Systemic Vascular Resistance (SVR)

SVR were calculated according to the traditional formula:

SVR = 80 * (MAP-5)/CO,

where 5 is an approximation of the right atrial pressure and MAP is mean arterial pressure.

Systemic arterial compliance

Systemic arterial compliance (C) was calculated as stroke volume index/systemic arterial pulse pressure; were pulse pressure = systolic blood pressure – diastolic blood pressure [11].

Arterial elastance and ventricular-arterial coupling

In all, ventricular arterial coupling was indexed by the ratio of left ventricular systolic elastance index (systolic pressure/end-systolic volume index) to arterial elastance (Ea, ratio of end-systolic pressure by stroke volume). Echocardiography (for ESV and stroke volume) and cuff sphygmomanometer (systolic pressure, multiplied × 0.90 to obtain end-systolic pressure) provided the raw measurements.

Because stroke volume (and input impedance) varies directly with body size, arterial elastance was adjusted for body surface area (EaI) to better reflect differences in arterial properties with age and between the genders adjusted for differences in body size [12]. Of note ventricular-arterial coupling is ventricular elastance/arterial elastance, which can further be described as: end-systolic pressure/end-systolic LV volume divided by end-systolic pressure/stroke volume: the pressure terms in the numerator and the denominator cancel out, and ventricular-arterial coupling equals to stroke volume/end-systolic volume.

Operator-independent second heart sound quantification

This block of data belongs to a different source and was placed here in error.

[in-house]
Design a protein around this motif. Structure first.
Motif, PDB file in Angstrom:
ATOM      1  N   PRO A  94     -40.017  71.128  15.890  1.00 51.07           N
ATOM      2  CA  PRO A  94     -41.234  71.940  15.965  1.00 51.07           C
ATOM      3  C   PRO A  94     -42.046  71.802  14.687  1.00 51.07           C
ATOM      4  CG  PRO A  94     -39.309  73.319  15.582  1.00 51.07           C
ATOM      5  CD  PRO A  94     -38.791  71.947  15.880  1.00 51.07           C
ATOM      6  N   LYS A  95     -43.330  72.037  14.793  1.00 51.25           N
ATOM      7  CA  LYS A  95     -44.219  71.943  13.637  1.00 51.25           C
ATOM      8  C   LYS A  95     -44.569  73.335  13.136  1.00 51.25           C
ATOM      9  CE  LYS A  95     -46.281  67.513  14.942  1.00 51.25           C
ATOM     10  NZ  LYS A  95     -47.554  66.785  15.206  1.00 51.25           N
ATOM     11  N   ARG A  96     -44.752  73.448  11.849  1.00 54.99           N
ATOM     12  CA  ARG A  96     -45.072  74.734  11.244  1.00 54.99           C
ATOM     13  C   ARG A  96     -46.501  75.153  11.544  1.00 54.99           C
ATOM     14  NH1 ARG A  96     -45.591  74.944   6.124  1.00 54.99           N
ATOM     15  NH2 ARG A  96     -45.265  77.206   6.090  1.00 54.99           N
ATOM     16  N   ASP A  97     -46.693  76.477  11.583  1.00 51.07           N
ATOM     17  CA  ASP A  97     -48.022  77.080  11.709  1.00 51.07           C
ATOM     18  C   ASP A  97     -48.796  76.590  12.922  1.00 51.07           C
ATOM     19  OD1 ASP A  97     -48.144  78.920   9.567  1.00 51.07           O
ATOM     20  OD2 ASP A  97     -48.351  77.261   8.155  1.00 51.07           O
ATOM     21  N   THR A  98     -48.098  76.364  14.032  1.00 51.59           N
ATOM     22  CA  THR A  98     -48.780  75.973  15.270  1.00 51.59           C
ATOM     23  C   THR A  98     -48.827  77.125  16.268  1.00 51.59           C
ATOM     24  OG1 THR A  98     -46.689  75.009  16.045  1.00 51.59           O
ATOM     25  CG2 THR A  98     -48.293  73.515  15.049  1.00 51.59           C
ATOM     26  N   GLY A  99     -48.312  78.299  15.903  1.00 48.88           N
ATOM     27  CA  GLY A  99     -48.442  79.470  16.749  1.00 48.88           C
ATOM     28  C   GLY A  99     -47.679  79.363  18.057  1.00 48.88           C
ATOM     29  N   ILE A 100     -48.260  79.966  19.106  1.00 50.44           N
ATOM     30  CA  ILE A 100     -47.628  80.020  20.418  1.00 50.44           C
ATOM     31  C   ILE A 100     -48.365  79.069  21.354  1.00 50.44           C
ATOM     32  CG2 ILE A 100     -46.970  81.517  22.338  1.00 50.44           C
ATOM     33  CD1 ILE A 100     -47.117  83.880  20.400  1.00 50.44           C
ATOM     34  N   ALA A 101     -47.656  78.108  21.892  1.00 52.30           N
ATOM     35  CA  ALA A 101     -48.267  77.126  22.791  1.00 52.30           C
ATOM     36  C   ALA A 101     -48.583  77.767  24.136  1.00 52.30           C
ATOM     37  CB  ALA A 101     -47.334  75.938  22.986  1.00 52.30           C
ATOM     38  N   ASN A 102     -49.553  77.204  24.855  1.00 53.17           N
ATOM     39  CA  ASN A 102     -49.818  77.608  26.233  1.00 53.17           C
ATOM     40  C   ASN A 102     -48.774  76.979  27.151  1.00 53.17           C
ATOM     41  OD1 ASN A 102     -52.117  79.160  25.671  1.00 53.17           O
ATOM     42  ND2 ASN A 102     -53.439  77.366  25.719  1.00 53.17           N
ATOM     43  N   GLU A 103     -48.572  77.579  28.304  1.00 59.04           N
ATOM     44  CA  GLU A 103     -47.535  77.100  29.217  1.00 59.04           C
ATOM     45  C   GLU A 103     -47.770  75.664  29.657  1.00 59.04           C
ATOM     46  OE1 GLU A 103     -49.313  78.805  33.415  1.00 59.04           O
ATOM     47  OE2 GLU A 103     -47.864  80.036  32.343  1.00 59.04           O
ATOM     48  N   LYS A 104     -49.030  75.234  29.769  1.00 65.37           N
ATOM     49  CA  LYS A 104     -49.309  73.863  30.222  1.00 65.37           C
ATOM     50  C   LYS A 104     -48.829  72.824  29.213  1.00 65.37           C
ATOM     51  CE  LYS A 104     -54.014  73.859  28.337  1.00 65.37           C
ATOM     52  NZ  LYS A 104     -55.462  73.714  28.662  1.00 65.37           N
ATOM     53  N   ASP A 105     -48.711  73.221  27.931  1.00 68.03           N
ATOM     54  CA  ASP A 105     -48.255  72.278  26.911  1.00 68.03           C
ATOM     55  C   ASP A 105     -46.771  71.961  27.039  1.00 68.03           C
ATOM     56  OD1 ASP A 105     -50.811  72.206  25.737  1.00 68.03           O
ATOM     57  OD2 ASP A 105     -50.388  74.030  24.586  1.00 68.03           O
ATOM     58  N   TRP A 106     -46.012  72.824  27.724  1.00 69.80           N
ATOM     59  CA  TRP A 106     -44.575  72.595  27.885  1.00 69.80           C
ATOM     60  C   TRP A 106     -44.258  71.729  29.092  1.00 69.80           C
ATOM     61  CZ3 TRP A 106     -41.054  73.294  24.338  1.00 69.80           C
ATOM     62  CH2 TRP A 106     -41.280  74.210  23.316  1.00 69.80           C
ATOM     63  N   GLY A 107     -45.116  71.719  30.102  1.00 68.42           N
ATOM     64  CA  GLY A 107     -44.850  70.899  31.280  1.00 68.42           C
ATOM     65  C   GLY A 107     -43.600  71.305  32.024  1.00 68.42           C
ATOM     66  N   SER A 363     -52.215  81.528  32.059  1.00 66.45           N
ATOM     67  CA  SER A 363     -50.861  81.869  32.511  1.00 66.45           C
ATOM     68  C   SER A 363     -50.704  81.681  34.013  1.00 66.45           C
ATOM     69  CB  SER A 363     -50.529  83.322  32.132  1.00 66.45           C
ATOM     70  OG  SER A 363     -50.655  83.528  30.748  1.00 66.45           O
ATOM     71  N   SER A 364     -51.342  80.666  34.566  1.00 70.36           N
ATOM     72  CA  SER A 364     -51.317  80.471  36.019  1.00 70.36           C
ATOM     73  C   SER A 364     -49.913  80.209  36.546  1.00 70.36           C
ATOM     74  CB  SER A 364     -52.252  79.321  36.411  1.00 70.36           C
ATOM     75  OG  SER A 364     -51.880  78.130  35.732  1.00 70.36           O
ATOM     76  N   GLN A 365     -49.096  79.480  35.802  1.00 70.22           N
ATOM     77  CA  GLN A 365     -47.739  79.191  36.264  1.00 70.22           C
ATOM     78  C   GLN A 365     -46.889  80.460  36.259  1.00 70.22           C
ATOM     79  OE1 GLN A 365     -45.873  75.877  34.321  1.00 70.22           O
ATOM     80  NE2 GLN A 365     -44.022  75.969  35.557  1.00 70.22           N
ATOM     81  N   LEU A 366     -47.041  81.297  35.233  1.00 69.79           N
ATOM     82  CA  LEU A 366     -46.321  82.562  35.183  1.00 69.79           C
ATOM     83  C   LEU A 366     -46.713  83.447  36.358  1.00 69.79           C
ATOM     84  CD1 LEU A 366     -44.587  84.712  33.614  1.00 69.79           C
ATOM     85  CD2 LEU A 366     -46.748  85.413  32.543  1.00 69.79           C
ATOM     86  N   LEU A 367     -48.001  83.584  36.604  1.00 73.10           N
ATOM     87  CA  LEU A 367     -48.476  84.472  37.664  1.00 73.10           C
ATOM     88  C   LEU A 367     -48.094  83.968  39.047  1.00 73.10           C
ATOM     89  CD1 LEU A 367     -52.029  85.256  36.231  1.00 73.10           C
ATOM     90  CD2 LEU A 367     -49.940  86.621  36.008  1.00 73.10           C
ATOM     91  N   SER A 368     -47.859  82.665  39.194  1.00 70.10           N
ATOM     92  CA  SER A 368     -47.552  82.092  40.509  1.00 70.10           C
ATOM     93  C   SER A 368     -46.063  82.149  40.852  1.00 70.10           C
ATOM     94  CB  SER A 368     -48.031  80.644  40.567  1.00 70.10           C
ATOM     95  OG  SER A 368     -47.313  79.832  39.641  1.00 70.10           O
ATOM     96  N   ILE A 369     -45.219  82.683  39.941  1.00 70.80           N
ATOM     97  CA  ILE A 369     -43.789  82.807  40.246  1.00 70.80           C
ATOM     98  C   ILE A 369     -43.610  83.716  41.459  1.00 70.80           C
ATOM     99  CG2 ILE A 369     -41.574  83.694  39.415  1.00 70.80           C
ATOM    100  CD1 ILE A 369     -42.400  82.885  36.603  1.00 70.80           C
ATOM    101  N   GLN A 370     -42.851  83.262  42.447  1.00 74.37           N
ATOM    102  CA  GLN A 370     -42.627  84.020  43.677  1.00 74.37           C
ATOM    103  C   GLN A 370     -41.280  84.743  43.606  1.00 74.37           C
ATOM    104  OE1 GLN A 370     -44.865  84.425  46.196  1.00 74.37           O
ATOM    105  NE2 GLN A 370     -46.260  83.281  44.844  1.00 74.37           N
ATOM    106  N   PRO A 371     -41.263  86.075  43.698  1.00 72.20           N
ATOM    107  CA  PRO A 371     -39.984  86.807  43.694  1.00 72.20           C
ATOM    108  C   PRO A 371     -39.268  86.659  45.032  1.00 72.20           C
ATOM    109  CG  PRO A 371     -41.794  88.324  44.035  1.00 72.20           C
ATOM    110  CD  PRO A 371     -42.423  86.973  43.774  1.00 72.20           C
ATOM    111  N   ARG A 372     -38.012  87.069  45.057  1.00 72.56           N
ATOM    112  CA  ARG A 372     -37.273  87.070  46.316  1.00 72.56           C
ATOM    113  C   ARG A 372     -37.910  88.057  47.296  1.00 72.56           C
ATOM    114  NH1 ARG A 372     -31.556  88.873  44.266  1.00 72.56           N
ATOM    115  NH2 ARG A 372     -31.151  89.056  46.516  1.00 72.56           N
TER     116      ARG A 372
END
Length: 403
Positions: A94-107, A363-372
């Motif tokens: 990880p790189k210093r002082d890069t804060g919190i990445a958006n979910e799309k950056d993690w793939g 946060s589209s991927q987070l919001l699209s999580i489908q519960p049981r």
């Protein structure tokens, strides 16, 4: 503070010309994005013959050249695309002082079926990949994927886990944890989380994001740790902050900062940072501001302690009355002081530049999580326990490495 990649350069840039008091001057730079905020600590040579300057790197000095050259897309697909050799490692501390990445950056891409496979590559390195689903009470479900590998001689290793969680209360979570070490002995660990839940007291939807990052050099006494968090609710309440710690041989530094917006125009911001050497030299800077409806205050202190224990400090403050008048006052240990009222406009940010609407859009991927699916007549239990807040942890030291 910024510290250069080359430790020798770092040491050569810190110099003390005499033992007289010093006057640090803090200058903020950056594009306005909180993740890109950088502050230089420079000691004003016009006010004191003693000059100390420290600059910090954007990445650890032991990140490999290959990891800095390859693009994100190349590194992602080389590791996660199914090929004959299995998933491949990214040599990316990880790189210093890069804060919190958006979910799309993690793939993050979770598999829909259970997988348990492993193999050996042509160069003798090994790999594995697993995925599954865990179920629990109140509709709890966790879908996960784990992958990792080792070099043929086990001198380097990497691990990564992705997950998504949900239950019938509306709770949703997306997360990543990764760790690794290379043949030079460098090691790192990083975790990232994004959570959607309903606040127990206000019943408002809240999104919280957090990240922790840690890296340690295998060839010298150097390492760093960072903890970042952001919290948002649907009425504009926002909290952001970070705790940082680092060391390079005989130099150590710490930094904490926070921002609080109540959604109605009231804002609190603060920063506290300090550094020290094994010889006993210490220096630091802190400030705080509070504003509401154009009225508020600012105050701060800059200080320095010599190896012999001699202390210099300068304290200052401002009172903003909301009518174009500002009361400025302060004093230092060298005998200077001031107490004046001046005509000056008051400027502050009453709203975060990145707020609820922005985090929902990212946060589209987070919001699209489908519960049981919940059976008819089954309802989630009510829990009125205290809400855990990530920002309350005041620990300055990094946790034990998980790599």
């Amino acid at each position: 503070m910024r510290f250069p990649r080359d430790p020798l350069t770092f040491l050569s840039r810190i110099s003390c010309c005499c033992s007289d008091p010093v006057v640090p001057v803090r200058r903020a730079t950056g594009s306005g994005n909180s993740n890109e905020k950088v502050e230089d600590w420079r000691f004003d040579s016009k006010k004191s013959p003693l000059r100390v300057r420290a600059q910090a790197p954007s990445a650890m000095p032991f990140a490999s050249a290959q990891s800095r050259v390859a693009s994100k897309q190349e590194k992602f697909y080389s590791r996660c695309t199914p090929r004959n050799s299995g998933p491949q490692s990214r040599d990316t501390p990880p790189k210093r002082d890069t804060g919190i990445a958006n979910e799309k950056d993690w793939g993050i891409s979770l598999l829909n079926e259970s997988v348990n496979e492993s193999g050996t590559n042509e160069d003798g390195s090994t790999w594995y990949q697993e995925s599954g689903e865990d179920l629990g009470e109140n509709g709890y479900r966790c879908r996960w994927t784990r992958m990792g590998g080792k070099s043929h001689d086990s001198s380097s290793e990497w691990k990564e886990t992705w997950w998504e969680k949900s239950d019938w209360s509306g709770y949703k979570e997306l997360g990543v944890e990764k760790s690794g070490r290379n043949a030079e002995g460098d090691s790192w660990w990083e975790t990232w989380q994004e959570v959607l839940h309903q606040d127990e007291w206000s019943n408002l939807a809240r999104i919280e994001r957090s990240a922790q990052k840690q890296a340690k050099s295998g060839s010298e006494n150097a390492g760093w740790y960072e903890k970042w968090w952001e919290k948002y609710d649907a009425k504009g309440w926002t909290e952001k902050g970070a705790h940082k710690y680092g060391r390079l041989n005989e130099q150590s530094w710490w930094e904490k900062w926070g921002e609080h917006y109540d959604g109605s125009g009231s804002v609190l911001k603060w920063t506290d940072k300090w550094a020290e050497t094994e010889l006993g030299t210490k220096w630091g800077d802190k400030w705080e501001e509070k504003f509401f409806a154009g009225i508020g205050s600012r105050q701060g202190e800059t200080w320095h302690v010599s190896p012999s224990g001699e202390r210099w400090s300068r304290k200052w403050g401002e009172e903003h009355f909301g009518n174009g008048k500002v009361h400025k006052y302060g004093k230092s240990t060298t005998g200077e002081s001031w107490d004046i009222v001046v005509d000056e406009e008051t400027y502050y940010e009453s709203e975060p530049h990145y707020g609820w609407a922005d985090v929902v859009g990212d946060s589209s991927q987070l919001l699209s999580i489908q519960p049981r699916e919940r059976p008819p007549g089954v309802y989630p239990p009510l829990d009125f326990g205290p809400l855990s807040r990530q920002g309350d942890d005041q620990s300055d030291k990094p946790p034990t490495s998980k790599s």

The transcutaneous force sensor is based on a linear accelerometer from STMicroelectronics (LIS3). The device includes in one single package a MEMS sensor that measures a capacitance variation in response to movement or inclination and a factory trimmed interface chip that converts the capacitance variations into analog signal proportional to the motion. The device has a full scale of ± 2·g (g = 9.8 m/s2) with a resolution of 0.0005·g. We housed the device in a small case (Figure 1) which was positioned in the mid-sternal precordial region and was fastened by a solid gel ECG electrode. The acceleration signal was converted to digital and recorded by a laptop PC, together with an ECG signal. The system is also provided with a user interface that shows both the acceleration and the ECG signals while the acquisition is in progress[1]. The data were analyzed by using software developed in Matlab (The MathWorks, Inc). A peak detection algorithm, synchronized with the ECG, scans the first 150 ms following the R wave to locate the first heart sound vibration. Subsequently, the interval between the first heart sound and the following R wave is analyzed to record the amplitude (nadir to peak) of second heart sound vibration for each cardiac beat [3]. The accelerometer simply records naturally generated heart vibrations, which audible components give rise to the second heart sound 'See additional file 1: Appendix'.